Linked by Eugenia Loli on Sun 20th Oct 2002 17:14 UTC
Debian and its clones "This is a critical review of Debian 3.0, but I want to say right from the start that I'm not trying to bait anyone. However I feel that reviewers often root for Debian as the open-source underdog, and give it marks which it doesn't deserve. If RedHat 8.0 came out with installation software like Debian 3.0 it would be savaged. I think it's time for an honest review, to spur the Debian developers into making the best possible distribution. I really want Debian to succeed. I want to use it daily, and recommend it to my friends. But I can't do that right now and I think it's important people understand why." Read the review and its (already long) discussion at DebianPlanet.
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Debian is the second distro you should use
by Xirzon on Sun 20th Oct 2002 18:06 UTC

Debian doesn't work as a first user distro. As the reviewer correctly points out, the installation requires knowledge about configuration details that the user cannot possibly have at that early point, as the documentation is not even installed yet. It's true, Debian developers don't care about end users -- their approach is the "works for me" methodology.

But if you have some Linux experience, Debian is a good distro for everyday usage. Once you have a good idea how Linux works, it should be no big deal to set up a usable Debian system. From "usable" to "optimal" is of course another step, the Debian defaults are good for servers but bad for desktops (you really need to go through the X "deuglification" process, for example).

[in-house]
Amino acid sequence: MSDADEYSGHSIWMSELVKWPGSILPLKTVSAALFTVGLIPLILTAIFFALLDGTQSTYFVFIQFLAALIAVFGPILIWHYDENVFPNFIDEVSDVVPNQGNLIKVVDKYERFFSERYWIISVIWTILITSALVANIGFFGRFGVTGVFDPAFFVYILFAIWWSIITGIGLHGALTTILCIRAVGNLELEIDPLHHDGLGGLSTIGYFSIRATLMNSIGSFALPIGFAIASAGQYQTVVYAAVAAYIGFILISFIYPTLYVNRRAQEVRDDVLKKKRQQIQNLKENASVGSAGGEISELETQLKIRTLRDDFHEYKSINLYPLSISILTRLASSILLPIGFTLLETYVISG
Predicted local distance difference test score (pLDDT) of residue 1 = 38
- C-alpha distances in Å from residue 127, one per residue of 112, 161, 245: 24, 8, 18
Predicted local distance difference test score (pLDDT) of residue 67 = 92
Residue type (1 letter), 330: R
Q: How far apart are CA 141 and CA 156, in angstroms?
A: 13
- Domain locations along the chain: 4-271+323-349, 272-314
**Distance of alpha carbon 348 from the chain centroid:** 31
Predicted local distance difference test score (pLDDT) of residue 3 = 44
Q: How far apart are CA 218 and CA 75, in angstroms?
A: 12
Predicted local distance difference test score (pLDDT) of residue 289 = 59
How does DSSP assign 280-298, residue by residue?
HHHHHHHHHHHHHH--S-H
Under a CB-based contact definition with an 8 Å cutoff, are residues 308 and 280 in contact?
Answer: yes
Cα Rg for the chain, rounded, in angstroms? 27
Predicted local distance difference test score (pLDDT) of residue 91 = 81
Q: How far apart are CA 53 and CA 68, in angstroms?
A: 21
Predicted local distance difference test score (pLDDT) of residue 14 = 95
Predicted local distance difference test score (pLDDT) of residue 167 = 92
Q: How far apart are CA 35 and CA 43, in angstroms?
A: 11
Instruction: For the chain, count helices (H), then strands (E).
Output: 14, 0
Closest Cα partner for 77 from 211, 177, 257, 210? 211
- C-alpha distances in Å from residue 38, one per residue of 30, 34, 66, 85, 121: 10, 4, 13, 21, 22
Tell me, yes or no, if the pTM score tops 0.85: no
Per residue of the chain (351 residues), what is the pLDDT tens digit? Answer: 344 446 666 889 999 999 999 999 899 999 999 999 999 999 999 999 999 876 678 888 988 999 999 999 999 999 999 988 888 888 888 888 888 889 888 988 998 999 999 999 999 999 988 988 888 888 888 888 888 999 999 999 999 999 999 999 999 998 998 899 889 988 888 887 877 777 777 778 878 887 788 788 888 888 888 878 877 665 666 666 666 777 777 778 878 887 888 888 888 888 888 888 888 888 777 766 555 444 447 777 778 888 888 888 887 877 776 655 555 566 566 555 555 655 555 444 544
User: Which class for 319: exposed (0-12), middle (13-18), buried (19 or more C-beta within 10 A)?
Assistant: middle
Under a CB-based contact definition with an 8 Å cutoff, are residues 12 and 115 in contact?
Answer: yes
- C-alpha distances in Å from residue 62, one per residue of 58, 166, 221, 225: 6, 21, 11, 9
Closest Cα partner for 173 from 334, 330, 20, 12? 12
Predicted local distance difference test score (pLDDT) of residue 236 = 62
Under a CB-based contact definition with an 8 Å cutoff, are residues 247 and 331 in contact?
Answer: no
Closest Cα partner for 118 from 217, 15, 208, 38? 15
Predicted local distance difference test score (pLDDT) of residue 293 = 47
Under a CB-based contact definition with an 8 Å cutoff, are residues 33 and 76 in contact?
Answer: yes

But why bother with Debian? Mostly because of the packages. There are thousands of Debian software packages that work without any knowledge or tweaking. And these are not just "dumb" packges, they often include clever configuration scripts, which use a standardized front-end (debconf). So no matter whether you install Apache or Tuxracer, the configuration looks the same. Once you have gotten used to apt-get (or one of its various, decent front-ends) you won't want to go back. It's a killer feature.

Also, when it comes to system configuration, doing things on the low level of config files has its advantages. Red Hat & Co. give you nice front-ends for a lot of stuff, but when these fail, you have to get your hands dirty anyway. Understanding how the system works helps you when problems arise.

If you want to save yourself the learning curve Debian requires and still get apt's goodness, Lindows might be a good choice. It's either pay up or learn. But I don't see apt-rpm or urpmi as serious competitors yet -- for one thing, as far as I know there's no standardized package configuration for RPM. As Eugenia points out again and again, dependency hell is a serious long term problem for daily Linux usage, and Debian is the only distro that properly solves it.

Sure, it would be great if Debian was extended to be a good first-time-user desktop distro. But I don't see this happening anytime soon. Someone needs to do the work, and people are just not motivated enough to work on projects that primarily benefit others, not themselves.

My recommendation: Start with SuSE or Red Hat, then move to Debian when you're ready.